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An Immunohistochemical and Morphometric Analysis of Insulin, Insulin-like Growth Factor I, Glucagon, Somatostatin, and PP in the Development of the Gastro-entero-pancreatic System of Xenopus laevis

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An Immunohistochemical and Morphometric Analysis of Insulin, Insulin-like Growth Factor I, Glucagon, Somatostatin, and PP in the Development of the Gastro-entero-pancreatic System of Xenopus laevis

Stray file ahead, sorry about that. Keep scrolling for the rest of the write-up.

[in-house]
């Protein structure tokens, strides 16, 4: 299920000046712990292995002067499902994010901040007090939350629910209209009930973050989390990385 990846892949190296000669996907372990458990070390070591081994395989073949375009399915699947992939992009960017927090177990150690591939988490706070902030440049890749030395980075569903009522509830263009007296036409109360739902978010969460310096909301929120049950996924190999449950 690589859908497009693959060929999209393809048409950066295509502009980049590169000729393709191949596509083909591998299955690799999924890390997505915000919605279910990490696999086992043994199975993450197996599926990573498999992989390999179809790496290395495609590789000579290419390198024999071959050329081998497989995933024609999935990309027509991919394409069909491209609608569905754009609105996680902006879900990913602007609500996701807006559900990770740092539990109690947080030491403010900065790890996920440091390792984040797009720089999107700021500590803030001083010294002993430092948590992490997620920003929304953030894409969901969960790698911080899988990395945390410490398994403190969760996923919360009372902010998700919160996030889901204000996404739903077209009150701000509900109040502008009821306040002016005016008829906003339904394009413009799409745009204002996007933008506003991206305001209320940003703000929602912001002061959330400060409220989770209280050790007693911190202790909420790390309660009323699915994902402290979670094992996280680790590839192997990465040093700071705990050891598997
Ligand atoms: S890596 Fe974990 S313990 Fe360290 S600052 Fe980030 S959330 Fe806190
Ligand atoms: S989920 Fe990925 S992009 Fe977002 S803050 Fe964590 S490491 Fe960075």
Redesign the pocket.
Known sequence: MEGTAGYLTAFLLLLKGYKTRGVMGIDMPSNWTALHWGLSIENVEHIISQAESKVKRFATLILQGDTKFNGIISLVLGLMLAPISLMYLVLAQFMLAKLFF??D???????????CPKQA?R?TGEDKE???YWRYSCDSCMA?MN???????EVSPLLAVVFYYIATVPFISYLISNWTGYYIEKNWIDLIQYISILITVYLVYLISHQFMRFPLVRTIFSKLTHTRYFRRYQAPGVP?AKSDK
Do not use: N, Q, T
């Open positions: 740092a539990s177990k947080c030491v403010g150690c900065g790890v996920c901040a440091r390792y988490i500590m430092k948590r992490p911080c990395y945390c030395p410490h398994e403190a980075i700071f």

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  An Immunohistochemical and Morphometric Analysisof Insulin, Insulin-like Growth Factor I, Glucagon,Somatostatin, and PP in the Developmentof the Gastro-entero-pancreatic System of   Xenopus laevis C. Maake,* W. Hanke,† and M. Reinecke* ,1 *  Institute of Anatomy, Division of Neuroendocrinology, University of Zu¨rich, Zu¨rich, Switzerland; and  †  Departmentof Zoology II, University of Karlsruhe, Karlsruhe, Federal Republic of Germany  Accepted January 5, 1998 The ontogeny of the classical islet hormones insulin(INS), glucagon (GLUC), somatostatin (SOM), and pan-creatic polypeptide (PP) as well as insulin-like growthfactor I (IGF-I) in the gastro-entero-pancreatic (GEP)system of   Xenopus laevis  (stages 41–66) was studiedusing double immunofluorescence and morphometricanalysis. As early as stage 41, clustered INS-immunoreac-tive (-IR) and isolated GLUC-IR cells occurred in thepancreas. The first SOM-IR cells appeared at stage 43,followed by PP-IR cells at stage 46. About 79%of the PPimmunoreactivity was confined to a subpopulation of theGLUC-IRcells. Both the GLUC/PP-IRcells and the PP-IRcells were located in a distinct area of the pancreas. Thefirst islets occurred in premetamorphosis (around stage50) and comprised mainly INS-IR and GLUC-IR cells.The majority of SOM-IR, PP-IR, and GLUC/PP-IR cellswas dispersed. The numbers of hormone cells remainedquite constant until the end of prometamorphosis (stage58). Around stages 60–62, the islets were partly disinte-grated and the numbers of islet cells slightly decreased.At stage 63, the cell number began to increase andreached the levels typical for the adult around stage 66.After metamorphic climax, the islets were reformed. Inthe gastrointestinal tract, transient INS-IRcells occurredprior to the adaptation of the gastrointestinal tract tofeeding (stages 41–44) and during metamorphosis whenthere is remodeling of the gastrointestinal tract (stages60–63). Therefore, INS released from the transientmucosal INS-IR cells may be involved in the temporaryproliferation of mucosal epithelial cells. The firstGLUC-IR and SOM-IR cells were seen at stage 41. PP-IRcells followed at stage 46. In contrast to the islets,GLUC-IRand PP-IRcells constituted different cell popu-lations. Around stage 46, the first IGF-I immunoreac-tions appeared in the GEP-system. In pancreas, IGF-Iimmunoreactivity was found in the GLUC/PP-IR cells(85–99%) but was absent from INS-IR, GLUC-IR, andSOM-IRcells. The IGF-I-IRgastro-entero-endocrine cells,however, seemed to contain none of the classical islethormones.   1998 Academic Press Development in anuran amphibians is associatedwith change in the larval herbivorous diet. To adaptthe organism to terrestrial life and the mainly carnivo-rous nutrition of the adult, numerous organs andtissues are modified during the complex process of ‘‘metamorphosis’’ (see Frieden and Just, 1970; DoddandDodd,1976).Theseprocesseswhichinvolveexten-sivecelldeathand/orcellproliferationanddifferentia-tion are certainly controlled by thyroid hormones and 1 To whom correspondence should be addressed at Institute of Anatomy, Division of Neuroendocrinology, University of Zu¨rich,Winterthurerstrasse 190, CH-8057 Zu¨rich, Switzerland. Fax: 0041 1635.57.02. E-mail: reinecke@anatomie.unizh.ch. General and Comparative Endocrinology  110,  182–195 (1998) Article No. GC987064 182 0016-6480/98 $25.00Copyright  1998 by Academic PressAll rights of reproduction in any form reserved.  various growth factors, e.g., prolactin and growthhormone (GH) (Kikuyama  et al.,  1993). Particularly, thedigestive tract is completely modified during thetransition from herbivorous to carnivorous diet.Morphological aspects of the larval, metamorphos-ing, and mature structures of the gastro-entero-pancreatic (GEP) system have been described for someanuran species. In  Xenopus laevis,  the dorsal anlage of the pancreas forms around stages 34–35 (Nieuwkoopand Faber, 1975), followed by the differentiation of thetwo ventral pancreatic anlagen around stages 37–38.The three rudiments fuse around stage 40 and themean absolute weight of the pancreas steadily in-creases, although its weight relative to total bodyweight decreases, as shown for  Rana pipiens  (Race  et al., 1966) and  R. catesbeiana  (Hulsebus and Farrar, 1985).During spontaneous and induced metamorphosis thepancreas regresses (Blatt  et al.,  1969; Bollin  et al.,  1973)so that pancreas weight decreases in absolute termsand relative to body weight (Race  et al.,  1966; Hulsebusand Farrar, 1985) diminishing to about 20% of itssrcinal size. Furthermore, around stages 59 to 61 in Xenopus  there are signs of pancreatic histiolysis andcell death (Frieden and Just, 1970; Nieuwkoop andFaber, 1975; Dodd and Dodd, 1976; Leone  et al.,  1976).The remaining rudiment regenerates and differentiatesinto the adult pancreas (Bollin  et al.,  1973; Nieuwkoopand Faber, 1975).However, remodeling of the larval GEP systemlikely involves tissue morphology and biochemicalchanges (Shi and Ishizuya-Oka, 1996). There is evi-dence for a reorganisation of hormone-producing cells(Leone  et al.,  1976). Because the gastric region, theintestinal wall, and the pancreas are the distributionsites of the GEP hormone system, especially of theclassicalislethormonesinsulin(INS),glucagon(GLUC),somatostatin (SOM), and pancreatic polypeptide (PP),these hormones may be especially involved.Insulin-like growth factor I (IGF-I) may play a role inthe development of   Xenopus  (De Pablo  et al.,  1990;Perfetti et al., 1994),asitislikelyinmammals(seeJonesand Clemmons, 1995) and birds (see De Pablo  et al., 1990, 1993; Reinecke and Collet, 1998). Most investiga-tions on the IGF system in  Xenopus  development havefocused on oocytes and early embryogenesis but littleis known about the role of IGF-I in postembryonicdevelopment (Perfetti  et al.,  1994; Reinecke and Collet,1998). Few studies have addressed IGF-I at the proteinlevel (Pancak-Roessler and Lee, 1990) or its cellularlocalization (Reinecke  et al.,  1995).Thus, a developmental investigation has been car-ried out on the GEP system of   X. laevis  from stage 41 tostage 66. The study using double immunofluorescenceaimed (1) to localize the classical islet hormones insulin,glucagon, somatostatin, and pancreatic polypeptide inthe developing and metamorphosing gastro-entero-pancreatic system; (2) to investigate the potentialcolocalisation of these hormones during developmentand metamorphosis; and (3) to identify the potentialIGF-I production sites in the gastrointestinal tract andpancreas during  Xenopus  development.Amorphomet-ric analysis was also performed. MATERIAL AND METHODS Specimens.  Tadpoles were staged according toNieuwkoop and Faber (1975). Table 1 gives the num- bers of the animals investigated. Fixation was carriedout by whole-body immersion in Bouin’s solutionwithout acetic acid for 3–5 h at room temperature(18°C). Adult frogs ( n  4) were decapitated, andpancreas and gastrointestinal tract were rapidly dis-sectedandfixedinthesamesolutionasabovefor3–5hat room temperature. Thereafter, all specimens weredehydrated in an ascending series of ethanol androutinely embedded in paraplast. Serial sections werecut at 4 µm and collected onto gelatin-coated slides.  Antibodies and peptides.  For the immunohisto-chemical detection of IGF-I, three different antisera(codes 116, 117, K37) raised in rabbits were used. Theantisera have been shown to be specific for IGF-I (Zapf  et al.,  1981; Hansson  et al.,  1988; Reinecke  et al.,  1992)and used in several previous phylogenetic studies(Reinecke  et al.,  1992, 1993a,b, 1995; Berwert  et al., 1995). For the detection of the classical islet hormonesthe following antibodies were used: guinea pig anti-porcine insulin (DAKO, Glostrup, Denmark), mouseanti-porcine glucagon (Sigma, Buchs, Switzerland),rabbit anti-porcine glucagon (DAKO), rat anti-somato-statin (Eugene Tech, Ridgefield Park, NJ), and rabbitanti-bovine pancreatic polypeptide (Bio-Science, Em-menbru¨cke, Switzerland). Criteria of specificity have Classical Islet Hormones and IGF-I in  Xenopus  183 Copyright  1998 by Academic PressAll rights of reproduction in any form reserved.   been described previously (Maake and Reinecke, 1993;Berwert  et al.,  1995). For the detection of the primaryantiserathefollowingsecondaryantibodieswereused: biotinylatedsheepanti-mouseIgG(Amersham,Zu¨rich,Switzerland), biotinylated goat anti-rat IgG (Bio-Science), and biotinylated goat anti-guinea pig IgG(Bio-Science). Visualisation was achieved with fluores-cein-isothiocyanate (FITC)-coupled swine anti-rabbitIgG (DAKO) and streptavidin Texas Red (Amersham).Preabsorption of the primary antisera was carried outusing recombinant human (h)IGF-I (Bachem, Buben-dorf, Switzerland), bovine (b)INS, bGLUC (Sigma),SOM (Sigma), and hPP (Peninsula, Heidelberg, Ger-many).  Immunohistochemical technique.  For the detec-tion and localisation of the classical islet hormones andIGF-I the double immunofluorescence technique wasused on serial sections. Deparaffinized and rehydratedsections were blocked with 0.1 M phosphate-bufferedsaline (PBS), pH 7.4, containing 2% bovine serumalbumin (BSA) and 2% normal goat serum (DAKO) for30 min at room temperature. For the investigation of the classical islet hormones two consecutive sectionswere incubated overnight at 4°C with guinea piganti-INS (1:8000) and rat anti-SOM (1:800), respec-tively. After buffer wash, biotinylated anti-guinea pigIgG (1:100) or biotinylated anti-rat IgG (1:100) wasapplied for 30 min at room temperature followed byvisualisation with streptavidin Texas Red (1:100) for 30min at room temperature. The same sections wereincubated with a second set of primary antibodiesovernight at 4°C, i.e., rabbit anti-GLUC (1:300) andrabbit anti-PP (1:600), respectively. Visualisation wasobtained with FITC-labeled anti-rabbit IgG (1:50) for30 min at room temperature. For the analysis of coexistence of the classical islet hormones and IGF-I,single sections were incubated with guinea pig anti-INS, mouse anti-GLUC (1:5000), or rat anti-SOM over-night at 4°C. Bound antibodies were visualised byincubation with biotinylated anti-species IgG followed by streptavidin Texas Red. The same sections wereincubated with one of the rabbit IGF-I antisera (116,1:300; 117, 1:150; K37, 1:100) overnight at 4°C followed by detection with FITC-conjugated anti-rabbit IgG. TodetermineapossiblelocalisationofIGF-Iimmunoreac-tivity in PP immunoreactive (-IR) cells, a comparisonwas made between consecutive sections incubatedwith one of the rabbit IGF-I antisera and with rabbitanti-PP, respectively, followed by visualisation withFITC-labeled anti-rabbit IgG.The specificity of the reactions obtained was testedusing the following controls: (1) Replacement of theprimary antiserum by nonimmune serum; (2) preab-sorption of the primary antiserum with hIGF-1, bINS, bGLUC, hPP, and SOM (0.4, 4, 40, 400 µg peptide/mldiluted antiserum), respectively; and (3) change of theorder of the double immunofluorescence method.As apositive control, sections of rat pancreas (Maake andReinecke, 1993) were processed in parallel.PhotomicrographsweretakenwithaZeissAxiophot(Zeiss, Zu¨rich, Switzerland). For photography, thefluorochromes were visualised with fluorescence mod-ules for FITC (BP 450–490 nm, FT 510, LP 515–565 nm)and for Texas Red (BP 546, FT 580, LP 590 nm).Examination of coexistence was mainly carried outusing a FITC/Texas Red module (BP 485/20 546/12,FT 500/560, LP 515–530/580–630). TABLE 1 Number of Animals Investigated from Different Stages (Days of Development of   Xenopus  by Rearing at 22°C and Feeding ad Libitum )Stage Day Number41 3.3 342 3.5 343 3.7 344 4 245 4.5 346 5 447 7 348 8 349 12 250 15 351 18 252 21 453 24 454 26 355 32 356 38 457 41 358 44 359 45 260 46 261 48 462 49 363 51 364 53 365 56 266 58 2 184  Maake, Hanke, and Reinecke Copyright  1998 by Academic PressAll rights of reproduction in any form reserved.  Determination of cell number.  The different typesof endocrine cells in  Xenopus  pancreas were countedapplying the following protocol. Sections of the entirepancreas were photographed at magnification   25.Prints were mounted and the number of INS-IR,GLUC-IR, GLUC/PP-IR, PP-IR, SOM-IR, and GLUC/PP/IGF-I-IR cells per section determined. For everystage, two to four individuals were used for theevaluation, and, from every individual, 7–10 sectionsof the pancreas were analysed. The distance betweenthe sections evaluated amounted to about 20 µm. Bythe use of a MOPVideoplan (Kontron, Zu¨rich, Switzer-land) the surface of the pancreatic sections was mea-sured. For every stage and hormone investigated thecell density was calculated as average number of hormone-IR cells per 0.1 mm 2 pancreatic tissue. In thegastrointestinal tract, a semiquantitative grading of the hormone-IR cells was carried out (Berwert  et al., 1995). RESULTS General  Reactions obtained by the use of the antisera againstINS, GLUC, SOM, PP, and IGF-I were extinguished bypreabsorption with the respective antigen but per-sisted after preabsorption with the other peptides.Analysis of consecutive sections showed that thedifferent rabbit IGF-I-antisera used most likely reactedwith identical cells. Thus, controls and reaction pat-ternsindicatedthespecificityofthereactionsobtained.The stages of appearance and the time course duringdevelopment of the different subpopulations of classi-cal islet hormone cells and their numbers per 0.1 mm 2 of pancreatic section surface are given in Fig. 1. Figure2depictstheratiooftotalGLUC-IR,GLUC/PP-IR,andGLUC/PP/IGF-I-IR cells throughout development.Similarly, the time course of appearance of INS-IR,GLUC-IR, SOM-IR, PP-IR, and IGF-I-IR cells and asemiquantitative grading of their frequencies in thegastrointestinal tract are shown in Table 2. The criticalphasesofpancreaticdevelopment,suchaspremetamor-phosis, metamorphic climax, and end of metamorpho-sis, are illustrated in Figs. 4–6.  Appearance of Classical Islet Hormonesin the GEP System Pancreas.  Already at stage 41, INS and GLUCimmunoreactivities were present in the pancreas. In agiven section about 2–4 INS-IR cells formed smallislet-like clusters (Fig. 3a). The GLUC-IR cells weredistributed throughout the exocrine parenchyma (Fig.3c) and showed no relation to the INS-IR cell clusters.No colocalisation of INS and GLUC immunoreactivi-ties was detectable.Around stage 43, the first SOM-IR cells occurred inpancreas.TheSOM-IRcellswereinfrequentandconsti-tuted a cell population different from the INS-IR andGLUC-IR cells.At this stage, two or three small INS-IRclusters per section containing 4–7 cells were distrib-uted throughout the pancreatic tissue, in addition tosome scattered INS-IR and GLUC-IR cells.Cells exhibiting PP immunoreactivity were not ob-served before stages 45–46. In contrast to the other islethormones, PP-IR cells showed a local distributionrestricted to only one part of the pancreas. About 79%of the PP-IR cells constituted a subpopulation of thehomogeneously occurring GLUC-IR cells (Figs. 5b and5d).TheremainingportionexhibitedonlyPPimmuno-reactivity. Similarly, about 25% of the GLUC-IR cellsshowed no colocalisation with PP immunoreactivity(Fig. 1). Around stage 46, multiple individual INS-IRcells appeared alongside an increasing number of small INS-IR islets.From stage 46, when all classical islet hormonesoccurred in pancreas, until at about stage 58 theaverage number of endocrine cells per 0.1 mm 2 pancre-atic surface remained consistently low (Fig. 1) withonly slight variations. Around stage 50 the first islets,which consisted mainly of numerous INS-IR and someGLUC-IR cells, were observed.With the onset of metamorphic climax, the islets, inpart, started to disintegrate. Around stages 60–62, thenumber of all endocrine cells per 0.1 mm 2 sectionsurface exhibited a slight decrease but started toincrease at around stage 63. This increase in celldensity continued until around stage 66 (Fig. 1).At stage 66, the pancreas showed large restoredINS-IR clusters. The INS-IR cell accumulations nowconsisted of 20–40 cells per sectioned islet (Fig. 6a). Inaddition, there were many separate INS-IR cells.GLUC-IR cells occurred in large numbers (Fig. 1). The Classical Islet Hormones and IGF-I in  Xenopus  185 Copyright  1998 by Academic PressAll rights of reproduction in any form reserved.  GLUC-IR cells, in part, formed aggregates consistingof 3–4 cells. Some of the GLUC-IR cell clusters layadjacent to the INS-IR islets. The GLUC/PP-IR andPP-IR cells were limited to an area of the pancreas(Figs. 6b and 6d) whereas the SOM-IR cells werescattered throughout the exocrine parenchyma (Fig.6c). The relative cell frequencies and distribution pat-terns of the INS-IR, GLUC-IR, GLUC/PP-IR, PP-IR,and SOM-IR cells of stage 66 froglets were comparableto those of adult  Xenopus. Gastrointestinaltract.  Inthegastrointestinaltract,throughout development there were fewer endocrinecells in more distal parts of the gut compared to theproximal portions and stomach. Only very few, if any,endocrine cells were present in the hindgut. All typesof endocrine cells occurred in the mucosal epithelium.Transient INS-IR cells appeared in stomach fromstages 41 to 44 (Fig. 3b). Furthermore, between stage 60and stage 63 single INS-IR cells transiently occurred instomach and foregut.GLUC-IR cells were present in the gastric (Figs. 3cand 8a) and intestinal mucosa throughout develop-ment. The number of the GLUC-IR cells fluctuatedfrom low numbers at stage 41 to a first maximum atstage 46, followed by a decrease around stage 49 and aslight increase to a second maximum at stage 59 (Table2). Thereafter, only infrequent GLUC-IR cells werefound in the gastrointestinal tract. FIG. 1.  Number of all subpopulations of classical islet hormone containing cells per 0.1 mm 2 pancreatic tissue in  Xenopus  during development. 186  Maake, Hanke, and Reinecke Copyright  1998 by Academic PressAll rights of reproduction in any form reserved.